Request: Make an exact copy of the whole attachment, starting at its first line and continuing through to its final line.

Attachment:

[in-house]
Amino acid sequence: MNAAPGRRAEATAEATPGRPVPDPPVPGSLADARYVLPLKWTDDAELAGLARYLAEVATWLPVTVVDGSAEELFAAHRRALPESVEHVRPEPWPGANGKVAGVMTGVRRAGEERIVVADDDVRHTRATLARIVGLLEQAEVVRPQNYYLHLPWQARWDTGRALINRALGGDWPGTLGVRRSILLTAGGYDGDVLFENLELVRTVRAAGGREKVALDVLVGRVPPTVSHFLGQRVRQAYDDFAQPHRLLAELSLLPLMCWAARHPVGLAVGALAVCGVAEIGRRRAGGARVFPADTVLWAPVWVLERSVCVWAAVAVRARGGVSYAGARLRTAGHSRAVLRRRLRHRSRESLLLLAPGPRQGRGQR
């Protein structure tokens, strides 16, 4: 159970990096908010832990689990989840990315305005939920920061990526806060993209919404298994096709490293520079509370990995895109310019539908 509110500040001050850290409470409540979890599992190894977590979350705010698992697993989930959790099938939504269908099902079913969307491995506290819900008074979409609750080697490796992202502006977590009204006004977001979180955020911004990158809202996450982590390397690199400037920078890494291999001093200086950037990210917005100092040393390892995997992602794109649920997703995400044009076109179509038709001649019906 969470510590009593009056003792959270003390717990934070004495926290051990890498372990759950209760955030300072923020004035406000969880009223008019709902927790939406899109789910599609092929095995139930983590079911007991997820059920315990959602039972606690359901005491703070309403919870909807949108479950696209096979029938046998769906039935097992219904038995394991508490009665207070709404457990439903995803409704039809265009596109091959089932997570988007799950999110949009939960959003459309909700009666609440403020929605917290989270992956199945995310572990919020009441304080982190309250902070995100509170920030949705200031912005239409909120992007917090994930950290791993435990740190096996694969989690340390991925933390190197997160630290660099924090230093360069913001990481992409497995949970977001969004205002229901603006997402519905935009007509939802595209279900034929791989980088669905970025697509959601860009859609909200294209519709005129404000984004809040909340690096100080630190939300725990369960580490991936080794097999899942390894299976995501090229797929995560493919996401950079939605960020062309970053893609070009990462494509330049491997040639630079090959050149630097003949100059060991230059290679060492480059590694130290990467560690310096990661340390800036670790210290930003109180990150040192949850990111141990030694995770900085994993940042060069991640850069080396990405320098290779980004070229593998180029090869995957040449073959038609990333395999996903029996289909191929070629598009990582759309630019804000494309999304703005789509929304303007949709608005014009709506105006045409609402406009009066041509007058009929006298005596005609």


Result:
[in-house]
Amino acid sequence: MNAAPGRRAEATAEATPGRPVPDPPVPGSLADARYVLPLKWTDDAELAGLARYLAEVATWLPVTVVDGSAEELFAAHRRALPESVEHVRPEPWPGANGKVAGVMTGVRRAGEERIVVADDDVRHTRATLARIVGLLEQAEVVRPQNYYLHLPWQARWDTGRALINRALGGDWPGTLGVRRSILLTAGGYDGDVLFENLELVRTVRAAGGREKVALDVLVGRVPPTVSHFLGQRVRQAYDDFAQPHRLLAELSLLPLMCWAARHPVGLAVGALAVCGVAEIGRRRAGGARVFPADTVLWAPVWVLERSVCVWAAVAVRARGGVSYAGARLRTAGHSRAVLRRRLRHRSRESLLLLAPGPRQGRGQR
């Protein structure tokens, strides 16, 4: 159970990096908010832990689990989840990315305005939920920061990526806060993209919404298994096709490293520079509370990995895109310019539908 509110500040001050850290409470409540979890599992190894977590979350705010698992697993989930959790099938939504269908099902079913969307491995506290819900008074979409609750080697490796992202502006977590009204006004977001979180955020911004990158809202996450982590390397690199400037920078890494291999001093200086950037990210917005100092040393390892995997992602794109649920997703995400044009076109179509038709001649019906 969470510590009593009056003792959270003390717990934070004495926290051990890498372990759950209760955030300072923020004035406000969880009223008019709902927790939406899109789910599609092929095995139930983590079911007991997820059920315990959602039972606690359901005491703070309403919870909807949108479950696209096979029938046998769906039935097992219904038995394991508490009665207070709404457990439903995803409704039809265009596109091959089932997570988007799950999110949009939960959003459309909700009666609440403020929605917290989270992956199945995310572990919020009441304080982190309250902070995100509170920030949705200031912005239409909120992007917090994930950290791993435990740190096996694969989690340390991925933390190197997160630290660099924090230093360069913001990481992409497995949970977001969004205002229901603006997402519905935009007509939802595209279900034929791989980088669905970025697509959601860009859609909200294209519709005129404000984004809040909340690096100080630190939300725990369960580490991936080794097999899942390894299976995501090229797929995560493919996401950079939605960020062309970053893609070009990462494509330049491997040639630079090959050149630097003949100059060991230059290679060492480059590694130290990467560690310096990661340390800036670790210290930003109180990150040192949850990111141990030694995770900085994993940042060069991640850069080396990405320098290779980004070229593998180029090869995957040449073959038609990333395999996903029996289909191929070629598009990582759309630019804000494309999304703005789509929304303007949709608005014009709506105006045409609402406009009066041509007058009929006298005596005609």